CNN Editorial Research
Here’s a look at the life of physician Conrad Murray, convicted of involuntary manslaughter in the death of Michael Jackson.
Birth date: February 19, 1953
Birth place: St. Andrews, Grenada
Birth name: Conrad Robert Murray
Father: Rawle Andrews, physician
Mother: Milta Murray
Marriages: Blanche (Bonnick) Murray (date unavailable publicly-present); Zufan Tesfai (October 17, 1984-August 26, 1988)
Children: with Blanche (Bonnick) Murray: two children; with Nicole Alvarez: a son; Murray has several other children with different mothers
Education: Texas Southern University, B.S., 1983; Meharry Medical College, M.D., 1989
He has a history of financial trouble and has owed hundreds of thousands of dollars related to unpaid bills, child support payments and defaults on education loans.
Is reported to have received $150,000 a month to be Jackson’s personal physician.
Murray was raised by his maternal grandparents in Grenada until he was 7, when he moved to Trinidad and Tobago to join his mother and stepfather.
Before going to medical school, he worked as a teacher, a customs clerk and an insurance underwriter.
What is Propofol?
Propofol, also called Diprivan, is a short acting intravenous anesthetic used to put patients to sleep during hospital procedures.
It is not intended for home use, because of the usual lack of equipment required for emergency resuscitation.
Murray told detectives that he was treating Jackson for insomnia by giving him 50 mg of propofol, via an intravenous drip, each night, but lowered the dosage to 25 mg and combined it with other drugs in an attempt to wean Jackson off the propofol.
1980s – Moves to the United States to study medicine.
1991 – Is licensed to practice medicine in California.
1999 – Is licensed to practice medicine in Nevada.
2005 – Is licensed to practice medicine in Texas.
2000 – Opens Global Cardiovascular Associates in Las Vegas.
2006 – Opens Acres Home Heart and Vascular Institute in Houston.
December 2006 – Meets Jackson for the first time when Murray treats one of Jackson’s children in Las Vegas.
May 2009 – Is hired by Jackson’s promoter, AEG Live, to be Jackson’s personal physician during his upcoming concert tour.
June 25, 2009 – Murray reportedly finds Jackson unconscious and unsuccessfully performs CPR. Jackson doesn’t respond to resuscitation attempts and dies the same day.
June 27, 2009 – The Los Angeles Police Department questions Murray in connection with Jackson’s death.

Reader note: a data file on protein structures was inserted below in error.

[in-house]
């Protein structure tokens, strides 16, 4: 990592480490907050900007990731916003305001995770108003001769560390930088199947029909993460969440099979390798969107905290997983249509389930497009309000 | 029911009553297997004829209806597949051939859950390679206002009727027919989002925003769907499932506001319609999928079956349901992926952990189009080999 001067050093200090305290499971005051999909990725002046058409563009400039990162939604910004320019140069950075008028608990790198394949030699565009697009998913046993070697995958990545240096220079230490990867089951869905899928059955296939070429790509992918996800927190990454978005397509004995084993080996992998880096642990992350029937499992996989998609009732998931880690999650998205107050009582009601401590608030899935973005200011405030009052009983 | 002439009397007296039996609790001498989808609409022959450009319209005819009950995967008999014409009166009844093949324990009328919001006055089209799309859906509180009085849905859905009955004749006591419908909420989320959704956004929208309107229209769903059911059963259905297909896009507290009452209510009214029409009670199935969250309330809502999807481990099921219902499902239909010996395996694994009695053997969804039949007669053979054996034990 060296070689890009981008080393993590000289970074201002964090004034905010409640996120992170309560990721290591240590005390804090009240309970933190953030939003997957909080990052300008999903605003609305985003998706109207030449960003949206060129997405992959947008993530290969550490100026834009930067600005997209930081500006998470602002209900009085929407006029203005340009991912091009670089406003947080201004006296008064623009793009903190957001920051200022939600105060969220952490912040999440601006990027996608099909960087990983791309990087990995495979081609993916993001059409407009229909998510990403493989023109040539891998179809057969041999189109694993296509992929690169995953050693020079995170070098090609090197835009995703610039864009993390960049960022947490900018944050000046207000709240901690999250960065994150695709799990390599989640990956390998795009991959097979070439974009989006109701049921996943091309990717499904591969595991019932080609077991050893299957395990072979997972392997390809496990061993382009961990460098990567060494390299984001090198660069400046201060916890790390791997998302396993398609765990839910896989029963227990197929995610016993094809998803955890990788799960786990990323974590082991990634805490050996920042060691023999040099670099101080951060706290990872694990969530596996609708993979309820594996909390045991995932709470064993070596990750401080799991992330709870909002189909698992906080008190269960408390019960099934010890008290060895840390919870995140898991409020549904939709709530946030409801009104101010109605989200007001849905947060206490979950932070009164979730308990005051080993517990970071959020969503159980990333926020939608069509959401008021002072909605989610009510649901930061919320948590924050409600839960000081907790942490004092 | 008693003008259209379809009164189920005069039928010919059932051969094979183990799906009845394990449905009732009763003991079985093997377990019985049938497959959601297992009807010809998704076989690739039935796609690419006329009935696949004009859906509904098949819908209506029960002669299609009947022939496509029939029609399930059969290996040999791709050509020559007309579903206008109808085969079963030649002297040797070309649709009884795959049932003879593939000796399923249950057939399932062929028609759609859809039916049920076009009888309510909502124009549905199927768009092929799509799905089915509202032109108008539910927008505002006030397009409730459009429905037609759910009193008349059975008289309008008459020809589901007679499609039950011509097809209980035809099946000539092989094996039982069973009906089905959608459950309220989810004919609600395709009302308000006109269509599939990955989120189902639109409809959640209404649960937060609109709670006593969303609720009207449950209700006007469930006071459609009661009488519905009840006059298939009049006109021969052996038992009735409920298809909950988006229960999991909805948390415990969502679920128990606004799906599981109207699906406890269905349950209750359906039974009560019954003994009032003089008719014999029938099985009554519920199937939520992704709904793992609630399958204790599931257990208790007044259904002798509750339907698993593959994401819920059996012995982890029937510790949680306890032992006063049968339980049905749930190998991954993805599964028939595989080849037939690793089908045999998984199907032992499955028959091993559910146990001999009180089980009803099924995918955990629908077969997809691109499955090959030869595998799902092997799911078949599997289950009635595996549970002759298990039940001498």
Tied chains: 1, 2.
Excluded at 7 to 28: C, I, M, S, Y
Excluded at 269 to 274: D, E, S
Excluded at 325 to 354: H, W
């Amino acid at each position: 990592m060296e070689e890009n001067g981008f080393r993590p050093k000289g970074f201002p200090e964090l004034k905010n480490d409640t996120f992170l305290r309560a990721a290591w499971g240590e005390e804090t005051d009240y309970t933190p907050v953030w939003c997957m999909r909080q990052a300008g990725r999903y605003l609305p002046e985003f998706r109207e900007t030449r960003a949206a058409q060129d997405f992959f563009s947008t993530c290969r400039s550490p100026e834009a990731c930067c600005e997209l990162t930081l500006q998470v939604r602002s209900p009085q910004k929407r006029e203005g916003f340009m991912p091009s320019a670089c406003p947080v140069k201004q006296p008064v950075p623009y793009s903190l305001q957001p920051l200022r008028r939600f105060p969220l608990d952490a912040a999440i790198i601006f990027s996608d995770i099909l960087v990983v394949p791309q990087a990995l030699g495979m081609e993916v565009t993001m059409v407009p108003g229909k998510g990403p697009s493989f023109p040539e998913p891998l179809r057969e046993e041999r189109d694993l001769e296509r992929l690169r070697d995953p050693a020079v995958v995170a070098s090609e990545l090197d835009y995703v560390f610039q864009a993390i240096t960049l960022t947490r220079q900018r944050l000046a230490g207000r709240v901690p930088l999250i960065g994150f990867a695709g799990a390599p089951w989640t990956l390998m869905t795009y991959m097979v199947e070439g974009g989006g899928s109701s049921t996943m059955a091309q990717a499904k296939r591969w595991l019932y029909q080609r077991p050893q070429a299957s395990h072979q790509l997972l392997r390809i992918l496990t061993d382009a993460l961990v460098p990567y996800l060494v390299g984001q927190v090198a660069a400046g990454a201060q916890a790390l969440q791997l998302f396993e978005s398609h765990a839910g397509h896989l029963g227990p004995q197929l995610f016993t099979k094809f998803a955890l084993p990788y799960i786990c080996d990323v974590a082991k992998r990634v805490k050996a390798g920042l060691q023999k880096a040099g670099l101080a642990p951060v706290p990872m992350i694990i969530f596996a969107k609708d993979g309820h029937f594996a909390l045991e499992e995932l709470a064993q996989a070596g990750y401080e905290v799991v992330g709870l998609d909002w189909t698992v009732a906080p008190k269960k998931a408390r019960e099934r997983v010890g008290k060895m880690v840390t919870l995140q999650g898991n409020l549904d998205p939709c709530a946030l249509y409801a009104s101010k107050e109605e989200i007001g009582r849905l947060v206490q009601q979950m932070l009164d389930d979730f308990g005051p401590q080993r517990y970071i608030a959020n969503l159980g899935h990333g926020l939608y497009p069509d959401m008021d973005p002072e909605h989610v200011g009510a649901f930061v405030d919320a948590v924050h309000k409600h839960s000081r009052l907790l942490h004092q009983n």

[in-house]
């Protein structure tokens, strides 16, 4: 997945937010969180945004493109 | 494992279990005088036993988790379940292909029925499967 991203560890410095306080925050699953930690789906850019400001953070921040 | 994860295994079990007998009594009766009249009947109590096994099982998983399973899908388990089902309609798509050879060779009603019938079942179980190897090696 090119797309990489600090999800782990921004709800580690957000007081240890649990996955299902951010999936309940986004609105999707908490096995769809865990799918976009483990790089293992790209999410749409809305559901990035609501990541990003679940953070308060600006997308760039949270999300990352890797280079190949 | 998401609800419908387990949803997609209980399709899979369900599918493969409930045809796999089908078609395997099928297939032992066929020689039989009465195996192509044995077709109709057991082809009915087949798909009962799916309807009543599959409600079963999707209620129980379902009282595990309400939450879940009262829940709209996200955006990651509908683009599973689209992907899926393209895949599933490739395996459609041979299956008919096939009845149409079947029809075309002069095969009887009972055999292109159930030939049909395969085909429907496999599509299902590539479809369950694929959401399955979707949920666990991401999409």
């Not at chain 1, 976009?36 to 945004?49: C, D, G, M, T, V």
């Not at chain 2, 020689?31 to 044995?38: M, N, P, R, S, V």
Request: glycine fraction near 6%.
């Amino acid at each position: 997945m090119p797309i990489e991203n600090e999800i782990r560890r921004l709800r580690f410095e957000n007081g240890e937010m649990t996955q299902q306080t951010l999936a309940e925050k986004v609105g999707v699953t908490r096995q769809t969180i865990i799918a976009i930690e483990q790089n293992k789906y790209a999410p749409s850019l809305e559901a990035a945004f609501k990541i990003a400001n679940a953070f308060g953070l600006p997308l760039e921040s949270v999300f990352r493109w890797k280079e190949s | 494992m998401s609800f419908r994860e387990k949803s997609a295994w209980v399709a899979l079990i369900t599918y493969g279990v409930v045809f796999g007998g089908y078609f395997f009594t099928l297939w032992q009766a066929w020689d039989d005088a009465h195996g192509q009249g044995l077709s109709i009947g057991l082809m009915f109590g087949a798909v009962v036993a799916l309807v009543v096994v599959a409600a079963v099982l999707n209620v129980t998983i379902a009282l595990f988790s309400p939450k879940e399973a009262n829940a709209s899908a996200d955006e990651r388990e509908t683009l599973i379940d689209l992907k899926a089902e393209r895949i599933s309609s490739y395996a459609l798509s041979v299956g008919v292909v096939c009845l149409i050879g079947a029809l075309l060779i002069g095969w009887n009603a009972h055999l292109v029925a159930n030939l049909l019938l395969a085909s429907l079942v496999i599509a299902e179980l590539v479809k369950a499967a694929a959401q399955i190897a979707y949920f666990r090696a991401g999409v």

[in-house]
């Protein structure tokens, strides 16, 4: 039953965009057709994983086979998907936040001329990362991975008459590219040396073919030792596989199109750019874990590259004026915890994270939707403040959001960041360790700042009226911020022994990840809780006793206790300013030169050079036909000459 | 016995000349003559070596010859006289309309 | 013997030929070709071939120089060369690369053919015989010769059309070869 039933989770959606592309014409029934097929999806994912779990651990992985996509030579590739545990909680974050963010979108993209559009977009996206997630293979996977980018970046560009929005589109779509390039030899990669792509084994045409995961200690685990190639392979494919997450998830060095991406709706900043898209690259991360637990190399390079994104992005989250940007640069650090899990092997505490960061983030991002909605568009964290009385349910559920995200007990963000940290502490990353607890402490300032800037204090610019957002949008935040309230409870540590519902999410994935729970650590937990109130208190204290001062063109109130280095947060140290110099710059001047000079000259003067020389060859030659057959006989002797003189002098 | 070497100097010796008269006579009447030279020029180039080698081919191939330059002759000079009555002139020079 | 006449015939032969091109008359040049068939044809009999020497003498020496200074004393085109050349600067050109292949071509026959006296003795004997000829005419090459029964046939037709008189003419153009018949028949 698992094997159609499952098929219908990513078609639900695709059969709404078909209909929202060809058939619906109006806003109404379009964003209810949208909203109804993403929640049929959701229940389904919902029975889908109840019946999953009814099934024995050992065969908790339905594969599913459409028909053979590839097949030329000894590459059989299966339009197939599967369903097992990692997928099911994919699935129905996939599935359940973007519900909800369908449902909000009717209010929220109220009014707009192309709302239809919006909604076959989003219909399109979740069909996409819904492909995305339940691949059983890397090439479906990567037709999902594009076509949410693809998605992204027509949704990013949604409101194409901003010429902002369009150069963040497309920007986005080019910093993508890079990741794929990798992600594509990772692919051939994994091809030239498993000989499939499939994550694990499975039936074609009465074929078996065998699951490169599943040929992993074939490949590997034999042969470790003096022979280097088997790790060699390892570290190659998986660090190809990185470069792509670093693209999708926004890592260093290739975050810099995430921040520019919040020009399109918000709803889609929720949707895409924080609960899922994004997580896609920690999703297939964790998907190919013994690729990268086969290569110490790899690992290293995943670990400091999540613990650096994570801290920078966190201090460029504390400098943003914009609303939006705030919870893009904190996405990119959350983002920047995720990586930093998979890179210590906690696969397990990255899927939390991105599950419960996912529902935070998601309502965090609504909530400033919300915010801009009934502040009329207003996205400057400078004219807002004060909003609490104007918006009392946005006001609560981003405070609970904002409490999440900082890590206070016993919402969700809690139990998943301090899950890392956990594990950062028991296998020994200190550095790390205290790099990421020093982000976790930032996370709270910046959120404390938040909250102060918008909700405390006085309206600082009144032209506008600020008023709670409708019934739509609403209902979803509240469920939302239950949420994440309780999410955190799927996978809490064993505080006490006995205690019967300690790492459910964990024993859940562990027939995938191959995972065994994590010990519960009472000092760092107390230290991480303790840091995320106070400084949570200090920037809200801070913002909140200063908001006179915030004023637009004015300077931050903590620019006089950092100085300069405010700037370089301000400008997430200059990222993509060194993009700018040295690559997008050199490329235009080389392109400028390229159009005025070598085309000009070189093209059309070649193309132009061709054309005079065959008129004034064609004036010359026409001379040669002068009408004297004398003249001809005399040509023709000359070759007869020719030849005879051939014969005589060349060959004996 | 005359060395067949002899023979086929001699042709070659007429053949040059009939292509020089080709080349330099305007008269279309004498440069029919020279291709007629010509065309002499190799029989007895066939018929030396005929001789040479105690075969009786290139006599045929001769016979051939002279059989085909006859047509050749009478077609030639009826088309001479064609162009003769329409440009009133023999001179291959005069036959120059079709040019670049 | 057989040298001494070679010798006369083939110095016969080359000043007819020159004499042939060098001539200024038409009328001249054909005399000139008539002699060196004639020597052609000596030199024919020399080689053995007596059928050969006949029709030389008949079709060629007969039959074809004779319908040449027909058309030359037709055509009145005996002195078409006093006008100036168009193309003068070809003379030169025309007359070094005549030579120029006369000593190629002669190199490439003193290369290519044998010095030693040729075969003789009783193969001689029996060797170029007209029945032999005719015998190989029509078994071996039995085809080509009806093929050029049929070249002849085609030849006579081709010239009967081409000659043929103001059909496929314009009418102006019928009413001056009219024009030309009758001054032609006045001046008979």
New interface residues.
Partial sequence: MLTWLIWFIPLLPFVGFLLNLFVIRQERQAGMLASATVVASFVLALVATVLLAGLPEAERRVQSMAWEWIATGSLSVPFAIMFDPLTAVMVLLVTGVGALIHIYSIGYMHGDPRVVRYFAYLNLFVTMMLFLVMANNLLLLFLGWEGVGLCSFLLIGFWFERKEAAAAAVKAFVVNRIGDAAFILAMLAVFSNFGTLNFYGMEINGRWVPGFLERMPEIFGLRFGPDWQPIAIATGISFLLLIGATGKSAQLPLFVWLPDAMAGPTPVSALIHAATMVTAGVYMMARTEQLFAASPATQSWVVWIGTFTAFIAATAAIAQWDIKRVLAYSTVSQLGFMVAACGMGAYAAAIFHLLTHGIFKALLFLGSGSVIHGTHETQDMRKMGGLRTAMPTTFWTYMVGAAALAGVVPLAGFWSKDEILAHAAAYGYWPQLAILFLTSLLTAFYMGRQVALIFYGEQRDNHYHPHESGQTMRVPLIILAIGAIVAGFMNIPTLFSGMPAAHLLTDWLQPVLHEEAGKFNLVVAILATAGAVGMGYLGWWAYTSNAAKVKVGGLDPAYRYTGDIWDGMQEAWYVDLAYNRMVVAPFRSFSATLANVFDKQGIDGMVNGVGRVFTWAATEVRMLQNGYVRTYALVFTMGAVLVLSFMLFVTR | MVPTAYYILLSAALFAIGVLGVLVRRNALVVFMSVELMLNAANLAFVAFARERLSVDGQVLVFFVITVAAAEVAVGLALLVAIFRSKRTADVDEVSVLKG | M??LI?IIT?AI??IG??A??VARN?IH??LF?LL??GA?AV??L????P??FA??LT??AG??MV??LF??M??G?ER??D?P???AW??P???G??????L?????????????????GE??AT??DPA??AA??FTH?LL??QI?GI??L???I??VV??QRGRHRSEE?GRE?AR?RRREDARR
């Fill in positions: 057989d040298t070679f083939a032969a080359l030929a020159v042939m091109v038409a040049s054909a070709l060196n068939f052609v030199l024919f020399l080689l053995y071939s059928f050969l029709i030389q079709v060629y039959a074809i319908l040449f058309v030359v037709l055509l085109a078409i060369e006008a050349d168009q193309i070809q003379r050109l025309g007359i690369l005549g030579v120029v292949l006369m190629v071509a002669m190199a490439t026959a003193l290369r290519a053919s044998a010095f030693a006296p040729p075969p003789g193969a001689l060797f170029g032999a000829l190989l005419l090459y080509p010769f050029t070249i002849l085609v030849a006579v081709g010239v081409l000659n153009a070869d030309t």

July 22, 2009 – Houston police serve a search warrant on Murray’s clinic and a storage unit. Later, Las Vegas police search Murray’s Red Rock Country Club residence and doctor’s office.
August 24, 2009 – After reviewing toxicology results, the Los Angeles coroner makes a preliminary conclusion that an overdose of the drug propofol is responsible for Jackson’s death.
August 28, 2009 – The Los Angeles coroner’s report declares Jackson’s death a homicide, due to the number of drugs in his system.
August 2009 – Murray closes his Las Vegas clinic due to death threats and financial problems.
November 20, 2009 – Murray resumes practice at his Houston clinic.
February 8, 2010 – Surrenders to authorities in Los Angeles and is arraigned in Los Angeles County Superior Court on a charge of involuntary manslaughter. He pleads not guilty, surrenders his passport and makes bail of $75,000. As part of his bond, Murray is allowed to practice medicine but must not administer any anesthesia to patients.
February 10, 2010 – Resumes his practice in Las Vegas out of another doctor’s office.
April 10, 2010 – Texas limits his medical license to exclude anesthesia.
June 14, 2010 – A judge in Los Angeles rules that Murray can continue to practice medicine in California.
June 2010 – Nevada restricts scope of medical practice to exclude anesthesia.
January 11, 2011 – Murray’s license to practice medicine in California is suspended for the length of the trial.
January 25, 2011 – Enters a plea of “not guilty” at his arraignment on charges of involuntary manslaughter in the death of Jackson.
July 2011 – His Nevada medical license expires.
September 27, 2011 – Opening arguments in Murray’s trial begin.
October 24, 2011 – The prosecution rests its case.
November 1, 2011 – The defense rests. Murray does not testify.
November 7, 2011 – After deliberating for 10 hours and seven minutes, the jury finds Murray guilty of involuntary manslaughter.
November 29, 2011 – Murray receives the maximum sentence, four years, in the death of Jackson.
December 4, 2011 – Notice is filed in Los Angeles County Superior Court that Murray will appeal his involuntary manslaughter conviction.
December 29, 2011 – The State of California suspends Murray’s medical license.
January 27, 2012 – Murray files a request to be released on his own recognizance or on bail while awaiting appeal.
February 10, 2012 – The Texas Medical Board suspends Murray’s medical license.
February 24, 2012 – Murray is denied bail while appealing his conviction.
October 11, 2012 – He is moved to a larger cell, one better able to accommodate his six-foot-five-inch frame.
March 25, 2013 – Murray’s lawyer files an appeal to the involuntary manslaughter conviction.
August 30, 2013 – The Texas Medical Board revokes Murray’s medical license.
October 28, 2013 – Is released.
January 15, 2014 – An appellate court upholds Murray’s involuntary manslaughter conviction.
June 26, 2014 – Murray admits he is remorseful that Jackson passed away.
January 30, 2015 – An appellate court denies the Jackson family’s attempt to reverse the decision that clears concert promoter AEG Live of negligence in hiring Murray as Jackson’s physician.
July 26, 2016 – His book, “This Is It: The Secret Lives of Dr. Conrad Murray and Michael Jackson,” is published.
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